Lamar Owen wrote:
If its come down to ABI stability in the
kernel, then we are at an impasse.
Just because there is an impasse doesn't mean that users who despise this
political motivation in kernel development should just shut up. I think the
kernel developers (and perhaps the Fedora developers) should hear what users
think about the system in this area. Users want to use the system, and they
don't want it to break mysteriously due to one CRITICAL-FOR-SECURITY update
that also happens to include a new 'feature' that breaks what was working.
I personally don't think the Linux kernel would be usable for any
purpose other than the educational/testing environment Linus set out to
write if it were not for the stabilizing bugfix backports that that
enterprise versions provide. This is not necessarily because any of the
stock versions are bad, but because the time an end user needs to
spend dealing with the changes and re-installs will quickly outweigh the
cost of the proprietary alternatives that don't have this problem.
I would not dare use it as a server. Too fragile when it comes to updates.
If you never had to update, sure, it's a great server OS. Just don't connect
it to the Internet without updating. CentOS or RHEL is a much better choice
I would not dare put it into nontechnical users' hands as an enterprise
desktop, either. I have enough user service requests to deal with without
dealing with the regressions introduced by a newer kernel version.
And if you can't deal with it in an environment with experienced help,
where does that leave end users on their own?
> CentOS or
RHEL plus KDE-RedHat fills that niche for my uses.
Does that provide a current firefox, evolution, thunderbird, OOo?
If Fedora wants to be a server-grade distribution an enterprise desktop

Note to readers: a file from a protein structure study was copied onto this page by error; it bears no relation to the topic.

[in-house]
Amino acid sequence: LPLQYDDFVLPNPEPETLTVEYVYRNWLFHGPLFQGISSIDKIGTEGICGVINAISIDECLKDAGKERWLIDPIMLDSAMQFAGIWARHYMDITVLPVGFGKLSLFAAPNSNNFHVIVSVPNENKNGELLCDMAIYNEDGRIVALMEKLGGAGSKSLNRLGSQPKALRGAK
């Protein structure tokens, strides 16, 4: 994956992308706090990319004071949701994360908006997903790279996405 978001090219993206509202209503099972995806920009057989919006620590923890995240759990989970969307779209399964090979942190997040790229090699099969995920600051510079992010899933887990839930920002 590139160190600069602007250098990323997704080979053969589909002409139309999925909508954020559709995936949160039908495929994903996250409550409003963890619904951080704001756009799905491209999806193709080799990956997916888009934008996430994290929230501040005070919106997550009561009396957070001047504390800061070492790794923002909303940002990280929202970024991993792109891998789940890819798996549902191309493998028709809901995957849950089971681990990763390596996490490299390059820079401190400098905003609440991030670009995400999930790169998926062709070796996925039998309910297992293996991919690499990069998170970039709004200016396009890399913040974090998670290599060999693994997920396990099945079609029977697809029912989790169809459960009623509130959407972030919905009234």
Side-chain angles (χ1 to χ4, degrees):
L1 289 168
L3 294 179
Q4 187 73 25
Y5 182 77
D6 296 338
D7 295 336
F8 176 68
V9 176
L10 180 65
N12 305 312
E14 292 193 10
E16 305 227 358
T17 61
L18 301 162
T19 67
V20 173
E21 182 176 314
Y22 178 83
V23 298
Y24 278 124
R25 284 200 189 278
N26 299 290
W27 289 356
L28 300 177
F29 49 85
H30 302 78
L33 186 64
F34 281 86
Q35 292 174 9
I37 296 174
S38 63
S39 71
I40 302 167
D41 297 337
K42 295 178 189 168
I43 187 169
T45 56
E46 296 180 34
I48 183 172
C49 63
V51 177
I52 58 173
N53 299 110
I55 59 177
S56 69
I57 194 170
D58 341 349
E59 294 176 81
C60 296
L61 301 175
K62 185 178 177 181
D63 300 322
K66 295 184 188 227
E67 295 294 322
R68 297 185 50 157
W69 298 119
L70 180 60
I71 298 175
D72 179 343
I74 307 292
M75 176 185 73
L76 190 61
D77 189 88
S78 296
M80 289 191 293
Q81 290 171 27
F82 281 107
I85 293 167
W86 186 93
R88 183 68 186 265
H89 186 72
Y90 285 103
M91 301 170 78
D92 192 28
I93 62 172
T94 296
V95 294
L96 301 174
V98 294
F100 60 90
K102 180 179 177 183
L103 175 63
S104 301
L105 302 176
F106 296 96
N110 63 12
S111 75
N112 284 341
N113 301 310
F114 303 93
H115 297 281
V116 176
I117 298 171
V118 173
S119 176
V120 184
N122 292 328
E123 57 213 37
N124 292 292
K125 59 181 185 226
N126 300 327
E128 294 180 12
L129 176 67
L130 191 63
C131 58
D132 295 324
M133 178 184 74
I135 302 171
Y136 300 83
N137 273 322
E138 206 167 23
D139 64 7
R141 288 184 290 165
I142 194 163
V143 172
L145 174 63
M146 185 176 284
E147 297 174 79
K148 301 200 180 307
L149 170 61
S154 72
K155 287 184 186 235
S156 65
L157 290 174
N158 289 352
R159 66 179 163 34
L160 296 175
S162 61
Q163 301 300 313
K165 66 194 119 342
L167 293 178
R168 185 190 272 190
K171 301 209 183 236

distribution, then kernel module ABI stability should be a goal. If Fedora
doesn't want either of these, and wants to ignore the module ABI problems,
then, Ok, that's fine. Just don't misrepresent Fedora's suitability for
those uses. If it's a bleeding edge enthusiast's desktop, then bill it as
Exactly - a realistic estimate of the end user's time that will be spent
_just_ maintaining a working system and keeping stored data intact
over the span of a few years would be a good truth-in-advertising move.
The OP's point was trying to debunk the idea that Fedora is just a beta
testbed for RHEL (of course, the point of the thread has morphed since then).
Playing the devil's advocate for a just a moment, ask yourself this question:
would it be in Red Hat's interest for Fedora to really be update-stable on
either the enterprise desktop or server?
Red Hat does an enormous amount of open source development work that goes
unrecognized; the Fedora distribution is part of that (PostgreSQL is
another), and I for one am thankful and grateful for all Red Hat does. And I
don't think Red Hat intentionally 'cripples' Fedora, even though it may
appear that they do.
I recognize the work they do, but how hard it is to do the bugfix
backports really depends on how broken the product was as shipped in the
first place and whether the developers care about backwards
compatibility. And whenever discussions come up about development,
someone always points out that many of the developers are employed by
RedHat, so I'd expect them to have some amount of say in the matter.
I just wish we had a real competitor based on opensolaris with an up to
date userland environment (Solaris being backwards compatible more or
less forever...). Nexenta looked promising but hasn't had an update for
a long time. Are there any similar projects?